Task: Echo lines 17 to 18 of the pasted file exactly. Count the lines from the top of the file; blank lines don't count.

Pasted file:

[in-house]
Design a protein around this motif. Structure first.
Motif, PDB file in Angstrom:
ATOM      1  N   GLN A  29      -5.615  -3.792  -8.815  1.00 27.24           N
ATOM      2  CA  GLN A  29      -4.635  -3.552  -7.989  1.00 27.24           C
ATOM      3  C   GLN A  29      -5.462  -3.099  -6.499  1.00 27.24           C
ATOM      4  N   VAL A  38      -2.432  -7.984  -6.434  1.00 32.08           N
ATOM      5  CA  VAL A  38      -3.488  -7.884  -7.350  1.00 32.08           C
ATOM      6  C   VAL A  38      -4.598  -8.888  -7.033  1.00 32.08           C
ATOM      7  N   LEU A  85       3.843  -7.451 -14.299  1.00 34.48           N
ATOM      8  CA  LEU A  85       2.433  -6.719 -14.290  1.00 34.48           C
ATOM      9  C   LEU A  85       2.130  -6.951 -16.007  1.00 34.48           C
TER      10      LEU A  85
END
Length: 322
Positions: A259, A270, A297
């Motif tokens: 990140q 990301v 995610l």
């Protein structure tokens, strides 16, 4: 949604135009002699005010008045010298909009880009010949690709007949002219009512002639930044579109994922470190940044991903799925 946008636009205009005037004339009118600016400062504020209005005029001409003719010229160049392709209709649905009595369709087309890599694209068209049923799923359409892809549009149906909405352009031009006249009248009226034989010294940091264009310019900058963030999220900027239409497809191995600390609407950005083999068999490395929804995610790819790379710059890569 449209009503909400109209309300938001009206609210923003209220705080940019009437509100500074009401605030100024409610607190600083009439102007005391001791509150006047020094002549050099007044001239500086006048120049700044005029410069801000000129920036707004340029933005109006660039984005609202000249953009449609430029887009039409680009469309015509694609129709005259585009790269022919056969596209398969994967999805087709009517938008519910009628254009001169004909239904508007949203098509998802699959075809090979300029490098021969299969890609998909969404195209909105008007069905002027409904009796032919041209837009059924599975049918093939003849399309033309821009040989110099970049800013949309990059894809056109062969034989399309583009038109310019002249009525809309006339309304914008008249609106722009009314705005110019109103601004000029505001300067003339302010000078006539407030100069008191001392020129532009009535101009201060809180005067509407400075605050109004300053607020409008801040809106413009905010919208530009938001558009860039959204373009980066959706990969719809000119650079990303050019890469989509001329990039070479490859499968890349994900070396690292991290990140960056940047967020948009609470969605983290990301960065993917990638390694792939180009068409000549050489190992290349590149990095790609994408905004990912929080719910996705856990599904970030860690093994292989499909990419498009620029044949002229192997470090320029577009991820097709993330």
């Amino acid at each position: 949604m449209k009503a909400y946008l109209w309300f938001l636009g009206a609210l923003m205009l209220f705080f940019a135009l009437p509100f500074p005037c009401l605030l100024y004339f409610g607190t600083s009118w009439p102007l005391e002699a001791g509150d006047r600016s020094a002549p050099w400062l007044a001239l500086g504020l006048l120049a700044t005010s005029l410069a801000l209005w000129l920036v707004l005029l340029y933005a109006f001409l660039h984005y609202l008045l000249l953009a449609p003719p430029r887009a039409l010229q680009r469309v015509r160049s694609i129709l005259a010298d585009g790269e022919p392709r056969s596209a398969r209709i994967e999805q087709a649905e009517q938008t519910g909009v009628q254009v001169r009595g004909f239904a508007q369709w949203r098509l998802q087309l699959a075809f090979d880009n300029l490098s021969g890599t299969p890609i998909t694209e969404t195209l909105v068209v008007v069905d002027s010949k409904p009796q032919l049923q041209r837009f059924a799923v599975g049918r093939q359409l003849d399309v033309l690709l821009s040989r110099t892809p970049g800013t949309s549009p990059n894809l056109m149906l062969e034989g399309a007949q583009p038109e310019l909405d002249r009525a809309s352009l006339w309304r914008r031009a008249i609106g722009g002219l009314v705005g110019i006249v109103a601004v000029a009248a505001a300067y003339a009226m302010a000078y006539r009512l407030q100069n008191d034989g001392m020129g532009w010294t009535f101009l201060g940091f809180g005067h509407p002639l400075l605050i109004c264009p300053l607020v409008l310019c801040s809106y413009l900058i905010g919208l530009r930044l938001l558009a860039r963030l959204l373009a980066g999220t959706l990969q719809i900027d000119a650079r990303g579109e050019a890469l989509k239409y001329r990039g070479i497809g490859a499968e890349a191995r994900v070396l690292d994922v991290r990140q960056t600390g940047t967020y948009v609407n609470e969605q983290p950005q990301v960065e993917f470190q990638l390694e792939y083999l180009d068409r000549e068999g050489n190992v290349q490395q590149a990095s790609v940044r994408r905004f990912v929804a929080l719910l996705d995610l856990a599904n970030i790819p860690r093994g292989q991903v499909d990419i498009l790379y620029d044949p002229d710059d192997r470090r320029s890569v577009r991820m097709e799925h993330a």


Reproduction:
């Motif tokens: 990140q 990301v 995610l």
């Protein structure tokens, strides 16, 4: 949604135009002699005010008045010298909009880009010949690709007949002219009512002639930044579109994922470190940044991903799925 946008636009205009005037004339009118600016400062504020209005005029001409003719010229160049392709209709649905009595369709087309890599694209068209049923799923359409892809549009149906909405352009031009006249009248009226034989010294940091264009310019900058963030999220900027239409497809191995600390609407950005083999068999490395929804995610790819790379710059890569 449209009503909400109209309300938001009206609210923003209220705080940019009437509100500074009401605030100024409610607190600083009439102007005391001791509150006047020094002549050099007044001239500086006048120049700044005029410069801000000129920036707004340029933005109006660039984005609202000249953009449609430029887009039409680009469309015509694609129709005259585009790269022919056969596209398969994967999805087709009517938008519910009628254009001169004909239904508007949203098509998802699959075809090979300029490098021969299969890609998909969404195209909105008007069905002027409904009796032919041209837009059924599975049918093939003849399309033309821009040989110099970049800013949309990059894809056109062969034989399309583009038109310019002249009525809309006339309304914008008249609106722009009314705005110019109103601004000029505001300067003339302010000078006539407030100069008191001392020129532009009535101009201060809180005067509407400075605050109004300053607020409008801040809106413009905010919208530009938001558009860039959204373009980066959706990969719809000119650079990303050019890469989509001329990039070479490859499968890349994900070396690292991290990140960056940047967020948009609470969605983290990301960065993917990638390694792939180009068409000549050489190992290349590149990095790609994408905004990912929080719910996705856990599904970030860690093994292989499909990419498009620029044949002229192997470090320029577009991820097709993330």